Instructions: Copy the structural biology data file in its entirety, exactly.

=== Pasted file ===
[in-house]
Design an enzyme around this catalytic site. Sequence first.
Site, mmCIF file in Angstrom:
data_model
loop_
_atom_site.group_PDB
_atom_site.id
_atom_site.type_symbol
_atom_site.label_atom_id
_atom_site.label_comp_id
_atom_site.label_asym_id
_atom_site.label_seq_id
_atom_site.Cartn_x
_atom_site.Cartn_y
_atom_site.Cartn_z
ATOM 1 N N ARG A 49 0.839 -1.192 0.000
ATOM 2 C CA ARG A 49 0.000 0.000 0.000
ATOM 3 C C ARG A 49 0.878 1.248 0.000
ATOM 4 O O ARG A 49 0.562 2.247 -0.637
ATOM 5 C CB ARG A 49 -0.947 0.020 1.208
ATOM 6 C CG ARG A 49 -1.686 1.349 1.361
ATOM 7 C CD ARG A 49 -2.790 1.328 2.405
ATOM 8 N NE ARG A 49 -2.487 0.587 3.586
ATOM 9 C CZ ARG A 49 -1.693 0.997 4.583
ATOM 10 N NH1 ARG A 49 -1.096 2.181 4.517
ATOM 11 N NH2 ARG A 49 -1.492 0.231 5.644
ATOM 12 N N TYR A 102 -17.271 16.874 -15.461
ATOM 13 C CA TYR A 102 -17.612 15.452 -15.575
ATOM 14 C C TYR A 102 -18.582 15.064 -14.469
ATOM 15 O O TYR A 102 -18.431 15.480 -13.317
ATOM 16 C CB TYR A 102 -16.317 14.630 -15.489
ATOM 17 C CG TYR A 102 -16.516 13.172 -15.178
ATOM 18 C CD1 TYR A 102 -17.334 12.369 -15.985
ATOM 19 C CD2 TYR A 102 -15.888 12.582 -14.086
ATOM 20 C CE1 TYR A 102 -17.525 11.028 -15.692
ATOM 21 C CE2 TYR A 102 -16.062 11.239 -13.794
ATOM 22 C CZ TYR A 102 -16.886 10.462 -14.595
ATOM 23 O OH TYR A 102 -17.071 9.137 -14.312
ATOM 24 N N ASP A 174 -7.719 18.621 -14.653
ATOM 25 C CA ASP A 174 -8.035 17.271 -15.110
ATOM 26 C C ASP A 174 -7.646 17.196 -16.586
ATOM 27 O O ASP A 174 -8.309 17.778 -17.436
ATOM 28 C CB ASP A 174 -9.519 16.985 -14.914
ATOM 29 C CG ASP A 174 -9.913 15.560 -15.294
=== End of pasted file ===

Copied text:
[in-house]
Design an enzyme around this catalytic site. Sequence first.
Site, mmCIF file in Angstrom:
data_model
loop_
_atom_site.group_PDB
_atom_site.id
_atom_site.type_symbol
_atom_site.label_atom_id
_atom_site.label_comp_id
_atom_site.label_asym_id
_atom_site.label_seq_id
_atom_site.Cartn_x
_atom_site.Cartn_y
_atom_site.Cartn_z
ATOM 1 N N ARG A 49 0.839 -1.192 0.000
ATOM 2 C CA ARG A 49 0.000 0.000 0.000
ATOM 3 C C ARG A 49 0.878 1.248 0.000
ATOM 4 O O ARG A 49 0.562 2.247 -0.637
ATOM 5 C CB ARG A 49 -0.947 0.020 1.208
ATOM 6 C CG ARG A 49 -1.686 1.349 1.361
ATOM 7 C CD ARG A 49 -2.790 1.328 2.405
ATOM 8 N NE ARG A 49 -2.487 0.587 3.586
ATOM 9 C CZ ARG A 49 -1.693 0.997 4.583
ATOM 10 N NH1 ARG A 49 -1.096 2.181 4.517
ATOM 11 N NH2 ARG A 49 -1.492 0.231 5.644
ATOM 12 N N TYR A 102 -17.271 16.874 -15.461
ATOM 13 C CA TYR A 102 -17.612 15.452 -15.575
ATOM 14 C C TYR A 102 -18.582 15.064 -14.469
ATOM 15 O O TYR A 102 -18.431 15.480 -13.317
ATOM 16 C CB TYR A 102 -16.317 14.630 -15.489
ATOM 17 C CG TYR A 102 -16.516 13.172 -15.178
ATOM 18 C CD1 TYR A 102 -17.334 12.369 -15.985
ATOM 19 C CD2 TYR A 102 -15.888 12.582 -14.086
ATOM 20 C CE1 TYR A 102 -17.525 11.028 -15.692
ATOM 21 C CE2 TYR A 102 -16.062 11.239 -13.794
ATOM 22 C CZ TYR A 102 -16.886 10.462 -14.595
ATOM 23 O OH TYR A 102 -17.071 9.137 -14.312
ATOM 24 N N ASP A 174 -7.719 18.621 -14.653
ATOM 25 C CA ASP A 174 -8.035 17.271 -15.110
ATOM 26 C C ASP A 174 -7.646 17.196 -16.586
ATOM 27 O O ASP A 174 -8.309 17.778 -17.436
ATOM 28 C CB ASP A 174 -9.519 16.985 -14.914
ATOM 29 C CG ASP A 174 -9.913 15.560 -15.294